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TALLADEGA, ALABAMA - APRIL 22: Erik Jones, driver of the #43 U.S. AIR FORCE Chevrolet, walks the grid during qualifying for the NASCAR Cup Series GEICO 500 at Talladega Superspeedway on April 22, 2023 in Talladega, Alabama. (Photo by Sean Gardner/Getty Images)

Erik Jones ready to get back to racing at Darlington

LEGACY MOTOR CLUB driver Erik Jones was made available to the media prior to practice for the NASCAR Cup Series race at Darlington Raceway on Saturday.

How would classify your health?

“I would say 100 percent. Well maybe 95. I feel 100 percent, but I say 95 because I can’t go in the gym and lift weight. I can’t put that kind of load on my spine from a precautionary standpoint. I would say 95, just from that, but I feel 100 and ready to get back.”

What other restrictions do you have on yourself?

“Not much right now. Through this injury, it has kind of been a pain tolerance thing, more than anything. It is a stable fracture – there is not really a risk of it become unstable or anything like that – so it is mostly what I feel like I can take. Some of it has just been getting back outside, working at my house seeing what feels comfortable and what makes me sore and what doesn’t. I would say we are at three weeks tomorrow. Four weeks, next week, I feel like I will be able to get back in the gym and do my normal thing again, and at five weeks, be totally back to normal.”

What are you referring to when you say that you missed some things by being out of the car the last two weeks?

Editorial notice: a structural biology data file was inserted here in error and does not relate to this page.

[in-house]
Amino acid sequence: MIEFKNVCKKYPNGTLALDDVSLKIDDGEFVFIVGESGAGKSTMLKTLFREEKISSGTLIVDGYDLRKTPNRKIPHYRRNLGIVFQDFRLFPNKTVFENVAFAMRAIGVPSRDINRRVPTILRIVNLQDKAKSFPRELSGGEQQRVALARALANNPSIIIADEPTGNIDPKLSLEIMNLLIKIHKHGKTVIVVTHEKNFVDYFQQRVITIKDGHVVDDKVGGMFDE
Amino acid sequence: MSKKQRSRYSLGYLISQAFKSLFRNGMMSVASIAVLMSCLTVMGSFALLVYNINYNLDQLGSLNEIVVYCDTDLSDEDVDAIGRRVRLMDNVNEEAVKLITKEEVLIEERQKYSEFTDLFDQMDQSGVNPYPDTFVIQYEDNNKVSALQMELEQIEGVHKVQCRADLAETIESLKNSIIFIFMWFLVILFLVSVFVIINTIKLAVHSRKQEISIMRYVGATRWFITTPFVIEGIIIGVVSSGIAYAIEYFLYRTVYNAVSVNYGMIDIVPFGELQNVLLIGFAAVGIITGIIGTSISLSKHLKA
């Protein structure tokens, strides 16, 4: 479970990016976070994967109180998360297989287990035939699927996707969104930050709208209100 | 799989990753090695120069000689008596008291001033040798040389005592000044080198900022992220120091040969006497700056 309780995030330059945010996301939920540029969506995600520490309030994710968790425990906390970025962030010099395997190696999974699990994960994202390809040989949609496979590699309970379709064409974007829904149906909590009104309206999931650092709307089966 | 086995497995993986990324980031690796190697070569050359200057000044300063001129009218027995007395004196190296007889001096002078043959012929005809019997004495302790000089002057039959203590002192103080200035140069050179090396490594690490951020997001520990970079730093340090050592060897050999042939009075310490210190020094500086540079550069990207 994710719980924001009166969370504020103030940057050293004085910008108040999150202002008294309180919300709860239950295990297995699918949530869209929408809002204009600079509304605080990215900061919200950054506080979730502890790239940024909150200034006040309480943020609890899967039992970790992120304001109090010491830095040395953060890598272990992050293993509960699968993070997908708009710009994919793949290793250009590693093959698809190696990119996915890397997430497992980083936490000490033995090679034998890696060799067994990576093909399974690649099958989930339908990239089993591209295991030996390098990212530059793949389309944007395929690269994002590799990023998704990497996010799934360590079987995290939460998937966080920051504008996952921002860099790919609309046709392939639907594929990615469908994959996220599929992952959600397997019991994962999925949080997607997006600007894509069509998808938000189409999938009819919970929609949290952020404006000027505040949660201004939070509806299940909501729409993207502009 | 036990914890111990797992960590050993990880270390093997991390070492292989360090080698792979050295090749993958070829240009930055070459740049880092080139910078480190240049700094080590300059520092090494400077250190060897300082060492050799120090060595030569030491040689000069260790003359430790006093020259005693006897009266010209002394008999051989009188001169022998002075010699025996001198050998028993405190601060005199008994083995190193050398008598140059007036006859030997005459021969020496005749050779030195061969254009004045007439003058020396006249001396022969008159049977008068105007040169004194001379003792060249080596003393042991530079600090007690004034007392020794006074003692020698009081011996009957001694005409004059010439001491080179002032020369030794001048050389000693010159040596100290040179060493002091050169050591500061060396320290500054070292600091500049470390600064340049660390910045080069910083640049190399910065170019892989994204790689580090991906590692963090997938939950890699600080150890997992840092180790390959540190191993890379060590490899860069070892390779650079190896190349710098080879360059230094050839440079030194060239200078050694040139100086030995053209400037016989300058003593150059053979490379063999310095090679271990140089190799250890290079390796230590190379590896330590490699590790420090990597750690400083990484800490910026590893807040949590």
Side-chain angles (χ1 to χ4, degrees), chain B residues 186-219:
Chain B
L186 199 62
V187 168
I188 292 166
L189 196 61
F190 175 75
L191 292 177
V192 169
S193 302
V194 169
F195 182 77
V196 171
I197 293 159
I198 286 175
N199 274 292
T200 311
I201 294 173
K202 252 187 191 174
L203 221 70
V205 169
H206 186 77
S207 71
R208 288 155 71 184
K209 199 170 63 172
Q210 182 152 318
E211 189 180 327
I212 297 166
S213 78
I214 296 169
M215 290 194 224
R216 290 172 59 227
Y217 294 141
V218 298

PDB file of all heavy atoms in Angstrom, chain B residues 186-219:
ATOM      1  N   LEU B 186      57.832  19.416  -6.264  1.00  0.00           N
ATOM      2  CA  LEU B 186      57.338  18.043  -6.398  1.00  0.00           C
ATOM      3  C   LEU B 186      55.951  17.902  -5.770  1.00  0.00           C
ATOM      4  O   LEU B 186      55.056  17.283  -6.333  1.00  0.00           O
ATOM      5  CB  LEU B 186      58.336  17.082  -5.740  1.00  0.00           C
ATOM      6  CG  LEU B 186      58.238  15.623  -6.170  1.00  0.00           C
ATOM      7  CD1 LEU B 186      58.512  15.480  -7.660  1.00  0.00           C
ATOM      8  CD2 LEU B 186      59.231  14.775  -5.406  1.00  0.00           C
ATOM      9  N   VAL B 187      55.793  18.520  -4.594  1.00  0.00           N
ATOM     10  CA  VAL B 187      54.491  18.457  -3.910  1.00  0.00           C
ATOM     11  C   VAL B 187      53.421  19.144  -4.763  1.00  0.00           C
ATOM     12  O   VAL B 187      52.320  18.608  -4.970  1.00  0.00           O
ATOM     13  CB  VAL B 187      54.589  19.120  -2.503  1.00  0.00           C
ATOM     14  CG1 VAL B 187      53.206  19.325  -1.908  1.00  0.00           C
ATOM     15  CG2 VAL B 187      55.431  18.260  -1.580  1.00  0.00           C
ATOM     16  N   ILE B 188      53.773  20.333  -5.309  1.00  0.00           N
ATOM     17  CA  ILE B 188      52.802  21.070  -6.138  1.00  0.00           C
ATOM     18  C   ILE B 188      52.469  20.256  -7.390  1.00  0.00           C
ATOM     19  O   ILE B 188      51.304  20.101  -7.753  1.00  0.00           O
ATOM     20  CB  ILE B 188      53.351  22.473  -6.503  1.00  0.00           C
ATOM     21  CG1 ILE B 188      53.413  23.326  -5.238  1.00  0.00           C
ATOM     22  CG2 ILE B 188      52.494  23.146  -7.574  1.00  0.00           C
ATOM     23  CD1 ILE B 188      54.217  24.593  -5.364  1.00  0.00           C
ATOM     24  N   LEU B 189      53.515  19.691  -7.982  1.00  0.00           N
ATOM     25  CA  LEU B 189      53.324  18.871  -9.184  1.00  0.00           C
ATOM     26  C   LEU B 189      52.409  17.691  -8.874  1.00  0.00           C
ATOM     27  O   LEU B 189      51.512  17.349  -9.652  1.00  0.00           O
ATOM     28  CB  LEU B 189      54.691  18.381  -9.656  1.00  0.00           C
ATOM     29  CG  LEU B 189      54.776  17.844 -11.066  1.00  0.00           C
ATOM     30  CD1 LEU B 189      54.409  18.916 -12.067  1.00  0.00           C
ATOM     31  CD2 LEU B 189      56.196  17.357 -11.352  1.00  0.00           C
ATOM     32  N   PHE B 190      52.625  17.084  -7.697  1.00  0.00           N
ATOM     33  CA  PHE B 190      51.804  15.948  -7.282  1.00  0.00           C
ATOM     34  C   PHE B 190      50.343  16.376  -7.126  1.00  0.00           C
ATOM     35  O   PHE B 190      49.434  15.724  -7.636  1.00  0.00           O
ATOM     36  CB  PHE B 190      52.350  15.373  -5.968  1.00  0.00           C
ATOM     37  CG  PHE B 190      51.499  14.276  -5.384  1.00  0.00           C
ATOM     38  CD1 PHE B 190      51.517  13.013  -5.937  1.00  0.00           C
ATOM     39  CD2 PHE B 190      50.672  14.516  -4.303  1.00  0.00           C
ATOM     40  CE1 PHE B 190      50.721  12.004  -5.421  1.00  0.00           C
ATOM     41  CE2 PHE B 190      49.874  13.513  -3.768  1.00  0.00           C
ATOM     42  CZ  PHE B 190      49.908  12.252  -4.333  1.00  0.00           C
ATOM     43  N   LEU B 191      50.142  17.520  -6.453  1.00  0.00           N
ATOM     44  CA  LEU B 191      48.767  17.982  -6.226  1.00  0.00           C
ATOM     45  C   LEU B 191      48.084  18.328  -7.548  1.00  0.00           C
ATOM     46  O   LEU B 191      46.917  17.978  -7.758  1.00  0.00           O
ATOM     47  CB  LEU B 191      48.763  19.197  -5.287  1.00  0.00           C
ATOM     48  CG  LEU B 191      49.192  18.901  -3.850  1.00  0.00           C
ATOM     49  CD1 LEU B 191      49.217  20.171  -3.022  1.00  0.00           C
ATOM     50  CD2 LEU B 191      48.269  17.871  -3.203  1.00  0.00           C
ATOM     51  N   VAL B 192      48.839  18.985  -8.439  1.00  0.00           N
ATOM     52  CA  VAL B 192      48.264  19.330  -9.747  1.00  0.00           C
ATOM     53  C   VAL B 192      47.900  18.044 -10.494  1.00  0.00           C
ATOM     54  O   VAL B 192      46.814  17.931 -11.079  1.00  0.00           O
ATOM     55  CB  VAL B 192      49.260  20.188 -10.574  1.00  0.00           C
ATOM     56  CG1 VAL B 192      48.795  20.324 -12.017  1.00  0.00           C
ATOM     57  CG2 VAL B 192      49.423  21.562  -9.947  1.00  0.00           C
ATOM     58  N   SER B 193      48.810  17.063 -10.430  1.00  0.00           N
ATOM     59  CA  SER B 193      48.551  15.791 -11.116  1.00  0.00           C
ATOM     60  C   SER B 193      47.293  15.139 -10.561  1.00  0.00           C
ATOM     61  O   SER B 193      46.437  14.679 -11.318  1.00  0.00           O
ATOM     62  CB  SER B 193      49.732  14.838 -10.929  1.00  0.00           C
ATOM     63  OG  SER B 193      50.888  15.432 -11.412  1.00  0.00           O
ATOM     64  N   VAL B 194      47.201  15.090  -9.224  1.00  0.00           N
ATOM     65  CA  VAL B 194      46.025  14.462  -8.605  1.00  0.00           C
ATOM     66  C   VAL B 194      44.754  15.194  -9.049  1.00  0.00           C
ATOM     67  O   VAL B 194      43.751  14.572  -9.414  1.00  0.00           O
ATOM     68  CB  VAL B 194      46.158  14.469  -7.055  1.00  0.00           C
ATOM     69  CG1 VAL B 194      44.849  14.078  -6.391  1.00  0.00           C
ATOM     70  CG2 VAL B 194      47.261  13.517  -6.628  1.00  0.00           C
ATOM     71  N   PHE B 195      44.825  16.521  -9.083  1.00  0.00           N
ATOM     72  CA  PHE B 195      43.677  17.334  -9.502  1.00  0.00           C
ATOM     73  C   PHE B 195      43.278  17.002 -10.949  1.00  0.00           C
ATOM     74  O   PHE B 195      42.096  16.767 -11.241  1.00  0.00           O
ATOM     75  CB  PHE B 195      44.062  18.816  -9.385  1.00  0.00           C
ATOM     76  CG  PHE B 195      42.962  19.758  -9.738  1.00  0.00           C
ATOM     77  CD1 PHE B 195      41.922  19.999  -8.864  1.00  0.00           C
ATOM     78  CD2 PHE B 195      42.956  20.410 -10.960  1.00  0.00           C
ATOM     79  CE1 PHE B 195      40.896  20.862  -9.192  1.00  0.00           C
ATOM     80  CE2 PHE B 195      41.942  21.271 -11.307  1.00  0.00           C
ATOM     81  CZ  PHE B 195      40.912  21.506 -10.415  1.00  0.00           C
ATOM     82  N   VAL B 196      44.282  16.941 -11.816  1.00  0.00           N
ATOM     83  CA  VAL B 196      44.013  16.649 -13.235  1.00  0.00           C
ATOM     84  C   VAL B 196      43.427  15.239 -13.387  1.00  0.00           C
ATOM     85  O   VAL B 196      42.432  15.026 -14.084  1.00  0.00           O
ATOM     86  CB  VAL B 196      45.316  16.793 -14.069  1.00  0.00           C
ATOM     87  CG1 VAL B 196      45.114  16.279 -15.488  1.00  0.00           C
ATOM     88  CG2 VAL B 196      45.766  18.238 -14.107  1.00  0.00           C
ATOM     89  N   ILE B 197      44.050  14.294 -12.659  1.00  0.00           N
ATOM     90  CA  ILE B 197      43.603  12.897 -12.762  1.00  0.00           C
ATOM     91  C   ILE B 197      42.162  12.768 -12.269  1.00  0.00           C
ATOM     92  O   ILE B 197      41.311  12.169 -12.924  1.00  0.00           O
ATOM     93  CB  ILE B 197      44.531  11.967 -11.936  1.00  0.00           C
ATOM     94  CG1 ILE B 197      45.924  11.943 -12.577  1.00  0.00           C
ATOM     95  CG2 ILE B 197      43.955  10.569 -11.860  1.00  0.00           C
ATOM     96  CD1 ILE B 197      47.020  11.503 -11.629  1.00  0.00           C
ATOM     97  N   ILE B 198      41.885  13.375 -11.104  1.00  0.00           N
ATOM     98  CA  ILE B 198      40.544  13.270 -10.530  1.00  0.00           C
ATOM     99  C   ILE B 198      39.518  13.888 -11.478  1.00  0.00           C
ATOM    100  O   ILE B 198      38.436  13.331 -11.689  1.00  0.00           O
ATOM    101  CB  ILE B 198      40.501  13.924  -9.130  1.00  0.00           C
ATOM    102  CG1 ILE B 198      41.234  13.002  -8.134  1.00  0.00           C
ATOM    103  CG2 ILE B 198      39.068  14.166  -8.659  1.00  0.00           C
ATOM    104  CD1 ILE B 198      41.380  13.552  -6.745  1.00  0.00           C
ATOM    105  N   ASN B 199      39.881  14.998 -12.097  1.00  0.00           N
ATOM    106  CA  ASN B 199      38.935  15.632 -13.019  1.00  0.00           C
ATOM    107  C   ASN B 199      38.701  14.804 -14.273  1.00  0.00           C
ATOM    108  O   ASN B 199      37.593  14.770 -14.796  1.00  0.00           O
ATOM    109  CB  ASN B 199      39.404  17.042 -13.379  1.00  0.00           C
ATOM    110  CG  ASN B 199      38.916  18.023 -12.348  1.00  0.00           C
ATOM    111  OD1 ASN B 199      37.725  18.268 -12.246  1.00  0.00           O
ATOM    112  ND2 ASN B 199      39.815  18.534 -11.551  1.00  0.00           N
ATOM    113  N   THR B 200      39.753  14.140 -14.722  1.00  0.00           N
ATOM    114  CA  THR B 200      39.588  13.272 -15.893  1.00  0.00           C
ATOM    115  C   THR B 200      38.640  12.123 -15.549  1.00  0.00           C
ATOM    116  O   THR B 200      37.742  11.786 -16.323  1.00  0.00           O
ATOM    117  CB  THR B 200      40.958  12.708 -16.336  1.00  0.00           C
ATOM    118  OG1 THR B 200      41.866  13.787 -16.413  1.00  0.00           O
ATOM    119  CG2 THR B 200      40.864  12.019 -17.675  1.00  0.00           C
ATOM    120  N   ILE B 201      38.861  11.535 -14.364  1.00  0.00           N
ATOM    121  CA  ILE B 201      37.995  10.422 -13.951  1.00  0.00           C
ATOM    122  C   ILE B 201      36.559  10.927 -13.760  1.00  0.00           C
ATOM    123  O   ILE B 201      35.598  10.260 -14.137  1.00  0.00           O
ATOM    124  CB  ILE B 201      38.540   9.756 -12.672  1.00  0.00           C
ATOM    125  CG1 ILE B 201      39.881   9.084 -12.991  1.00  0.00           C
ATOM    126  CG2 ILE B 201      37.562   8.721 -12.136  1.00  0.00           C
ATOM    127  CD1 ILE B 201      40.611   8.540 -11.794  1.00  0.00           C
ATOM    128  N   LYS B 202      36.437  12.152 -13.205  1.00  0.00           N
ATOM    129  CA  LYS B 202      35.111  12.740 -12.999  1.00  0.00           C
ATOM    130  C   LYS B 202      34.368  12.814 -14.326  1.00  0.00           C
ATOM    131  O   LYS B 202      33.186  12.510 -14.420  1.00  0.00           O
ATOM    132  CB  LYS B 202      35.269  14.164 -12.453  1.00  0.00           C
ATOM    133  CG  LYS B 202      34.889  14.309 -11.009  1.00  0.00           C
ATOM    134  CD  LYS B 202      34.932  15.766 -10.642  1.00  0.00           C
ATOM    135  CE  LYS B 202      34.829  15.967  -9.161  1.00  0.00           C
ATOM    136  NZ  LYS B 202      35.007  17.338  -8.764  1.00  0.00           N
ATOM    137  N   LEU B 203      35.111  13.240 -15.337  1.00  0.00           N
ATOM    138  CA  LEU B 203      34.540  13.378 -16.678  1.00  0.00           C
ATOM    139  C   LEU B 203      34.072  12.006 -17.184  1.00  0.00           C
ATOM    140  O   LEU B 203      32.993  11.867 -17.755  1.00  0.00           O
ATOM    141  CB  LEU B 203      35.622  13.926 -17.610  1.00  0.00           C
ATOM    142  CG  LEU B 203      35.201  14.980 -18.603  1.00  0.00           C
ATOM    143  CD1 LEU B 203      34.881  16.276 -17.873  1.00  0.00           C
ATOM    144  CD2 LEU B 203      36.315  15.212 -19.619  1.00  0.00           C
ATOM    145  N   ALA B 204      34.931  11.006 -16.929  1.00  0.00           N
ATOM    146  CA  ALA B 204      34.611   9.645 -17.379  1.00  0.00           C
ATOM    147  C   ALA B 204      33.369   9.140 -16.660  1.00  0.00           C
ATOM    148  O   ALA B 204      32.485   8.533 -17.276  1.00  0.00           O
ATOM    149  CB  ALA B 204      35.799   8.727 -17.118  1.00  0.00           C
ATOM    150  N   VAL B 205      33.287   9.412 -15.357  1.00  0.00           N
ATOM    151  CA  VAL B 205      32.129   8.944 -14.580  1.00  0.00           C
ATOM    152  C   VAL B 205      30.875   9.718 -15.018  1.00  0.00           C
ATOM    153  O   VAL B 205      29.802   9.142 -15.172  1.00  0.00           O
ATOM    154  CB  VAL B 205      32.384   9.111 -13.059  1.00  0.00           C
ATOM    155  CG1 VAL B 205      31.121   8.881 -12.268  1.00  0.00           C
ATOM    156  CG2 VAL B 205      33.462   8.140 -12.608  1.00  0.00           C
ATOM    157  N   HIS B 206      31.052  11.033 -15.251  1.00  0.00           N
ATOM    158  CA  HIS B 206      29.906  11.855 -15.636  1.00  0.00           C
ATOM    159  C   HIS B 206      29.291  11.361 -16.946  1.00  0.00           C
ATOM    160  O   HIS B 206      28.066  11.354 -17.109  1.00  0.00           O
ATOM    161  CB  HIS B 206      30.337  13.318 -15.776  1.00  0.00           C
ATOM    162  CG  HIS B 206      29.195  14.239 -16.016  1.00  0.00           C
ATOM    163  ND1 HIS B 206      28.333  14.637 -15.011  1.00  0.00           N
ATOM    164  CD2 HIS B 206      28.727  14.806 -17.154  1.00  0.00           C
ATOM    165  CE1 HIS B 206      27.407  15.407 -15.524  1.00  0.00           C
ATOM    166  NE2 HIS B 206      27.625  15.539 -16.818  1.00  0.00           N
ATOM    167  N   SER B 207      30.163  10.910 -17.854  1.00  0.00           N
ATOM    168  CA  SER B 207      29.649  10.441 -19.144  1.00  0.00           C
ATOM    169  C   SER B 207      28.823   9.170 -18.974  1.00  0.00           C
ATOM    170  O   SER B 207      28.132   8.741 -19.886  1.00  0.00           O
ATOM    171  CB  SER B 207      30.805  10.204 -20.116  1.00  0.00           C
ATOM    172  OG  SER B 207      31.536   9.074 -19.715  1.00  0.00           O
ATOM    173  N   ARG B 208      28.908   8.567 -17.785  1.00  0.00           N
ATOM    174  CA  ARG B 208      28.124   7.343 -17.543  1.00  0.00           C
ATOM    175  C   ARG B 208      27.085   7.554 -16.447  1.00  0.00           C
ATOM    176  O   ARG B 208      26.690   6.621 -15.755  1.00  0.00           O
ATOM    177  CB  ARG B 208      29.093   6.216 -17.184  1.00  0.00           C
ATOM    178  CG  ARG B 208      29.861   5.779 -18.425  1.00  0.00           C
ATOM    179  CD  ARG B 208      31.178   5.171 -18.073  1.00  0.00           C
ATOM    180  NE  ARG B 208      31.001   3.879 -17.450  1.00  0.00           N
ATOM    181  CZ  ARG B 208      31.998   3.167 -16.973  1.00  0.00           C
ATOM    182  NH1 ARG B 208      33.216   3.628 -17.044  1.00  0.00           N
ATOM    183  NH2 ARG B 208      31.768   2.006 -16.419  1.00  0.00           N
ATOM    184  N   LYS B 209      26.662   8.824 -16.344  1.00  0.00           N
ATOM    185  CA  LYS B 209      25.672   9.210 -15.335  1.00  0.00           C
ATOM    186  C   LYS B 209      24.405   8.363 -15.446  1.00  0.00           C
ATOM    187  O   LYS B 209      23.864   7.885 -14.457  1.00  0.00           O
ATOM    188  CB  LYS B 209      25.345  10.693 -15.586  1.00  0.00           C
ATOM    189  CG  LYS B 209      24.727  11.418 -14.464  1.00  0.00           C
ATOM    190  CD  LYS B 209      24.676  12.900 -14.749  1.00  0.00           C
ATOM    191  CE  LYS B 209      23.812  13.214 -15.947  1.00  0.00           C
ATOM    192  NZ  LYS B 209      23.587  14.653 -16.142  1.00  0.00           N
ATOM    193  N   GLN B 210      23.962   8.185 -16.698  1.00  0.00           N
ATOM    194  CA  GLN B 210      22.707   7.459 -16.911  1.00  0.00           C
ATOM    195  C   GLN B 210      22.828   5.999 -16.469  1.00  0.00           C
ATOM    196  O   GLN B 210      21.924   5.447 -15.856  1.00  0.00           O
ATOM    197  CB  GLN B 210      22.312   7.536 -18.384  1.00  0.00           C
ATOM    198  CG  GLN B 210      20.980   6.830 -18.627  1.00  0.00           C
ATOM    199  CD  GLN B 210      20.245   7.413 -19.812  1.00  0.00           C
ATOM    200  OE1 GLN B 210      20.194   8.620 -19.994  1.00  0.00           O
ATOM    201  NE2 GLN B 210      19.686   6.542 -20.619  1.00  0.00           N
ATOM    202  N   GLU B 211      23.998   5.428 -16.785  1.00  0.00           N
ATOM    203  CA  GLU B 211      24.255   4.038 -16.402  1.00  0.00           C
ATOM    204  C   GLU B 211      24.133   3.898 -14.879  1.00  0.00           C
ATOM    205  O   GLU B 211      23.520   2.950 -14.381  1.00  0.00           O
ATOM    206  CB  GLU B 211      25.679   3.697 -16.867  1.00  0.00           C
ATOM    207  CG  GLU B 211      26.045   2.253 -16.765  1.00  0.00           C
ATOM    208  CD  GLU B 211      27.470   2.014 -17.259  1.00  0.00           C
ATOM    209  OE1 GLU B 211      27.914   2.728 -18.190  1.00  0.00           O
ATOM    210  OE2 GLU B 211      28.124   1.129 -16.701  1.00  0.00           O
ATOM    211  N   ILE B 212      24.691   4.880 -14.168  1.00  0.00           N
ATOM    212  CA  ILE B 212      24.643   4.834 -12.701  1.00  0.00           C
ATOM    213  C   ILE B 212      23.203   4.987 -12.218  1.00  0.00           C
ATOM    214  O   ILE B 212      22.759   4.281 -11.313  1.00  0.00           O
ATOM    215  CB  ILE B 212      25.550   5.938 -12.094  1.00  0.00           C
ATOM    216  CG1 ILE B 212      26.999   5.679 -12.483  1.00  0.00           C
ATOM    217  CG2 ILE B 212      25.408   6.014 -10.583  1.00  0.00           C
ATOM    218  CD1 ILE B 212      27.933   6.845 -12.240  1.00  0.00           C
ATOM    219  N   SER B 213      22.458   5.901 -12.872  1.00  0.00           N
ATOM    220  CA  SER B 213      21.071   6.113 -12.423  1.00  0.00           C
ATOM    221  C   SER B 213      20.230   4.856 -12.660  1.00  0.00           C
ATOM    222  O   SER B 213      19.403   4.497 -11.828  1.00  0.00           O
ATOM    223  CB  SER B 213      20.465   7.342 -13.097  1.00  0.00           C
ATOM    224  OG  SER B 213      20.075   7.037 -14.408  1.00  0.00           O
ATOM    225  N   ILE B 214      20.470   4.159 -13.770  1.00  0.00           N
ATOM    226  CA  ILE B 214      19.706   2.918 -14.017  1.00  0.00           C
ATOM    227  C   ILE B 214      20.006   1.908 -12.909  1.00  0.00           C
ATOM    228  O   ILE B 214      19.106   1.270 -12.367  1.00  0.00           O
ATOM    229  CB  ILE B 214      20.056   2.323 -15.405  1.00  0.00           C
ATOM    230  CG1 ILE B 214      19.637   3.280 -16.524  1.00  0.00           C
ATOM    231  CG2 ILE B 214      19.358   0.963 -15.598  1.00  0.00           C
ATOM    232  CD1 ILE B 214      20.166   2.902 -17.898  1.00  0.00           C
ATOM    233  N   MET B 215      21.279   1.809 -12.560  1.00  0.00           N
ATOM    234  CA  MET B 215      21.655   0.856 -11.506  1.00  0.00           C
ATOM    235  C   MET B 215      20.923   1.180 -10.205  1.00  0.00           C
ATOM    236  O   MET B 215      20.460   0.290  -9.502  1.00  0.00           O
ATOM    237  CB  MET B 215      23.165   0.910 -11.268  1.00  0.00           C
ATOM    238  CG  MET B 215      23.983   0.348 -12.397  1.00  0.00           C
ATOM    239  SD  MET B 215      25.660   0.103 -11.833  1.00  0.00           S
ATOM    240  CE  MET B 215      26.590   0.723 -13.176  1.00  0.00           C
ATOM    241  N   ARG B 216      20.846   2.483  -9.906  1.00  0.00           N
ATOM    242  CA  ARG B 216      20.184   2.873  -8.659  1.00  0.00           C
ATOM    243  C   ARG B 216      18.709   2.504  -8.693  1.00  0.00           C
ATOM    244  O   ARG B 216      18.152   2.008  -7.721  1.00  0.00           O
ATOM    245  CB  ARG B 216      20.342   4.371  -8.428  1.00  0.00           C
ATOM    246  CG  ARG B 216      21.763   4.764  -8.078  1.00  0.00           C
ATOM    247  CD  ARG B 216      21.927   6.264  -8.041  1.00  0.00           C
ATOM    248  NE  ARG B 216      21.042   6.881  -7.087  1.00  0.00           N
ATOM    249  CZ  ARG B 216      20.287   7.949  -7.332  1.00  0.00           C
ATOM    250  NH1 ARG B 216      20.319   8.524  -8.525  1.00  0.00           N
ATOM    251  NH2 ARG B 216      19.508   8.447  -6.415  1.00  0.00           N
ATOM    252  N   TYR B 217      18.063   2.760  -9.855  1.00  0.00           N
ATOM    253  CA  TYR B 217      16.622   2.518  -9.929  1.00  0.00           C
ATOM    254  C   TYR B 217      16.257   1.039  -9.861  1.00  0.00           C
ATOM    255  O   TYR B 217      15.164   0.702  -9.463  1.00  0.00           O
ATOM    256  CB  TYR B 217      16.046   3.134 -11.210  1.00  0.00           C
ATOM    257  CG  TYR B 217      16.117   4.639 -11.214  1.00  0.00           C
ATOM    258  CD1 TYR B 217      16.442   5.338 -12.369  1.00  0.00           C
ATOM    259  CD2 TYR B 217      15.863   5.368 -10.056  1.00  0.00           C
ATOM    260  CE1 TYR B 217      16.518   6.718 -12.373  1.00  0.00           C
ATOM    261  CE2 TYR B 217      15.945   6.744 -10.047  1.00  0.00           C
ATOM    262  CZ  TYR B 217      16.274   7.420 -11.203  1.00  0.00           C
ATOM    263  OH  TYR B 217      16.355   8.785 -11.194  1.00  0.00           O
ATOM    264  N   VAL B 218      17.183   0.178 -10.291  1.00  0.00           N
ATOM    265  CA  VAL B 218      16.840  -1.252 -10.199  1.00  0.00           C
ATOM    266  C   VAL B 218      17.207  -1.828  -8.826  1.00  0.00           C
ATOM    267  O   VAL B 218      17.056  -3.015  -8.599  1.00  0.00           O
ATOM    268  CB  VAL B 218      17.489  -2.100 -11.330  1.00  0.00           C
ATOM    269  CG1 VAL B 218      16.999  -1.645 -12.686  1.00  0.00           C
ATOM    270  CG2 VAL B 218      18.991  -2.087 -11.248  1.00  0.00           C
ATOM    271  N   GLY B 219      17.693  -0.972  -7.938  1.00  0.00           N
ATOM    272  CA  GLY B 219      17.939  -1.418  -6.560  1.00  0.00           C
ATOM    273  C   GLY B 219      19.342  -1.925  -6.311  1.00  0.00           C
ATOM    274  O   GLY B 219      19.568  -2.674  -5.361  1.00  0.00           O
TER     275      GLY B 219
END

“I think just being in that rhythm week-to-week. In the Cup Series, you are running nearly 38 straight weeks every year. Everybody has stayed in that rhythm the last couple of weeks, and they are hopping in today, and it’s a normal weekend for them. For me – it’s only been two weeks – but still you have to get your bearings again, recalibrate them when you strap back in. I don’t think it will take long. I would say I’m way behind, but you lose that rhythm of it being week-to-week, and communication with the crew. I’ve stayed talking to them a lot these last two weeks, but that was also two weeks of them with a different driver, different feedback, different work through the week, so getting back in that flow of normal things for everybody is going to take a second.”

How is a driver convinced to not get in the car the moment they’ve been cleared?

“It is tough because in one way – in that moment – when you get the all clear, you are thinking that I’m coming back and then you have more conversations and you realize that it is not going to happen, but I think at the end of the day, you are talking with multiple people through it, and figuring out the best options through it – it is for the best – and at that point, I think look – if I really pushed it – I could have been in the car last week, I think, if I really, really wanted to be, but if I make that call on my own, and overrule and go out and re-injure myself, I kind of look like an idiot in some ways, right? Barring anyone else’s words. I think sitting down, thinking about and getting past that first moment of you get cleared and you’re coming back, and then taking a moment to step back and say okay, yes, we are clear, you’ve done some things to make yourself feel good, but where are you really at? This was on Thursday morning. I was still sore. I still had soreness at that point, really until Sunday. Sunday of Kansas was really when I started feeling better, so to say that I could have gotten in last week and truly been at my full potential, and not – number one, be sore – and not, number two, be in the back of my mind saying, if I hit the wall right now, how is that going to go? I think I would have probably been lying to myself, so when you take those conversations and take a step back for a second, I feel like you get a broader picture and that’s kind of where I ended up on the weekend.”